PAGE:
Brussels 25.04.2021 Changes in people’s lifestyle habits during the coronavirus pandemic have been reflected in their pets, a Japanese survey has shown, with many participants saying their dogs seek extra attention with more people regularly at home.
A recent study by dog information website “Inunavi” found that a total of 56 percent of owners say their pets’ behavior has changed from before the pandemic.
The online survey conducted in March by the website garnered responses from 694 people who own dogs ranging in age from puppies to 18 years old.
“Changes in owners’ lifestyle habits such as working from home are proving somewhat stressful (to their dogs),” a representative from Inunavi said, urging owners to better look after their pets’ emotional and physical well-being.
An EU national can freely travel with his cat, dog or ferret if it has a European pet passport. This passport is available from any authorised veterinarian and must contain details of a valid anti-rabies vaccination.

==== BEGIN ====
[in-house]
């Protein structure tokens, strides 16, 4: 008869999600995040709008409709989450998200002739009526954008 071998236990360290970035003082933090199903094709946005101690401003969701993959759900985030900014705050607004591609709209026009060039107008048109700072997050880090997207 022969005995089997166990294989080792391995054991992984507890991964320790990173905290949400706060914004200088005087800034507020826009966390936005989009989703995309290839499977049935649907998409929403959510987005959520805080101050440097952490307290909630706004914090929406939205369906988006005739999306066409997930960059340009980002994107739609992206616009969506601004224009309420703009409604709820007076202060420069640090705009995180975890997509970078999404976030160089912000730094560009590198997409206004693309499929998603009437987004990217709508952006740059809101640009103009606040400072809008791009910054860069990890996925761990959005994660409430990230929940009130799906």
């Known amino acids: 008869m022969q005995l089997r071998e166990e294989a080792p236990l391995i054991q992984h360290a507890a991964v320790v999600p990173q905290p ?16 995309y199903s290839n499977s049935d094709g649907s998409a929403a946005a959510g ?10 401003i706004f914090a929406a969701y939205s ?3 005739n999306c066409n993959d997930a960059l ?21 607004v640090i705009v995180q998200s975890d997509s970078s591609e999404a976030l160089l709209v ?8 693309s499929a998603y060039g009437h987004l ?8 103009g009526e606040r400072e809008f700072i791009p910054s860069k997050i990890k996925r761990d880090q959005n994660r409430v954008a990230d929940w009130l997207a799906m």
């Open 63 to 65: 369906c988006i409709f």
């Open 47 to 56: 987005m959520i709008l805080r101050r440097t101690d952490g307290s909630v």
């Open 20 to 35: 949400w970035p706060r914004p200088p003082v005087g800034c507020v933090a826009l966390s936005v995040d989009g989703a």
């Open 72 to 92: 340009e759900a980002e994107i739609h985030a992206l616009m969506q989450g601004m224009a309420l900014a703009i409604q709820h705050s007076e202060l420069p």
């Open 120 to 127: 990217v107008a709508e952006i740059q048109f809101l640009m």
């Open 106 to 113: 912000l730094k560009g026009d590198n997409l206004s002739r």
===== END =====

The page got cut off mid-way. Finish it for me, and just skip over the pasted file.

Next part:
Owners of a dog, cat or ferret which is less than 3 months old (and not vaccinated against rabies), should check the national rules before the departure.
The EU pet passport is established only for dogs, cats and ferrets. Owners of the other pets, such as rabbits or canaries, you should check relevant national rules on taking animals in/out of the country.
Ownr of compagnion animals indening to travel to Finland, Ireland, Malta or the United Kingdom, it must be treated against the tapeworm Echinococcus as follows:
The treatment shall be administered by a veterinarian within a period of not more than 120 hours and not less than 24 hours before the time of scheduled entry into Finland, Ireland, Malta or the United Kingdom;
the treatment shall be certified by the administering veterinarian in the relevant section of the passport.
The animal-traveller will require an electronic microchip or a readable tattoo that has been applied before 3 July 2011 with the same code as the one documented in the passport.